Monthly Archives: July 2015

How much is art worth? I proudly present to you a chance to avail yourself of a truly retro experience!

Writers have used many subtle schemes to get people to buy their wares. Variants on “Buy now or the kitten gets it” have proved widely popular amongst the more desperate of the fancy, but frankly I don’t think that they’re entirely successful.

Still the artist starving in the garret has to do something?
And then I realised, was I doing the starving in the garret bit properly? After all, was it enough to be a mere scribbler dabbling in Fantasy or Science Fiction? Perhaps I had to become a proper artist, perhaps even, (pause for brief drum roll) a poet.

Here I confess to being uniquely qualified in the role as starving poet. I have no poetical skills whatsoever and thus if any poet is going to starve, it would be me.


But I still had to produce some poetry. This is where fate stepped in. Enter, pursued by a bear, one Mike Rose-Steel. Not only is he my editor but he is an accredited poet, being just the man to shift a butt of canary or sack (should Her Majesty be reading this).

I’m working on some early stories of Benor in Port Naain as a young man, and his landlord and friend is the poet Tallis Steelyard. Of course I dropped a line of Tallis’s work into a story and this provoked an email from Mike.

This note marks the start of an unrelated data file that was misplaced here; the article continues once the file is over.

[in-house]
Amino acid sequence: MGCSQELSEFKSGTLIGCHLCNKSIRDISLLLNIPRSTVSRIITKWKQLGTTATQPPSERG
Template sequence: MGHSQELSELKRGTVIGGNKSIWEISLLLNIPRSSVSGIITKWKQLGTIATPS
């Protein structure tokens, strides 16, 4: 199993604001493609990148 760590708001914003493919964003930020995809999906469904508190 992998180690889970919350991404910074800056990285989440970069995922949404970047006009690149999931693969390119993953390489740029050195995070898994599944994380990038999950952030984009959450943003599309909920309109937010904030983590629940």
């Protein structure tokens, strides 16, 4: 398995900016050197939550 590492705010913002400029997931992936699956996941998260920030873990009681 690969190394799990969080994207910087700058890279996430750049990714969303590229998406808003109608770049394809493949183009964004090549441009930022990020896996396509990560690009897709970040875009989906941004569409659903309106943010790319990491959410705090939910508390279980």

Rather than a ‘cease and desist’ order; or even a firm note pointing out that there was such a thing as demarcation (he doesn’t do roof top chases so why was I dabbling in the finer arts) he asked if he could borrow Tallis.

Thus and so, ten poems latter the art of Tallis Steelyard is available for a world hungry for great poetry.

But we didn’t stop there, lest people feel unable to grasp the depth of the passion or the subtlety of the symbolism, the renowned Cartographer, Benor Dorfinngil, has commented on each poem to give it context, and literary criticism is also available from Lancet Foredeck.

And here it is the heart of the issue. As is traditional with modern poetry it is available as a hand stitched pamphlet with about 28 pages (obviously it depends upon how you count these things as any true poet would know.)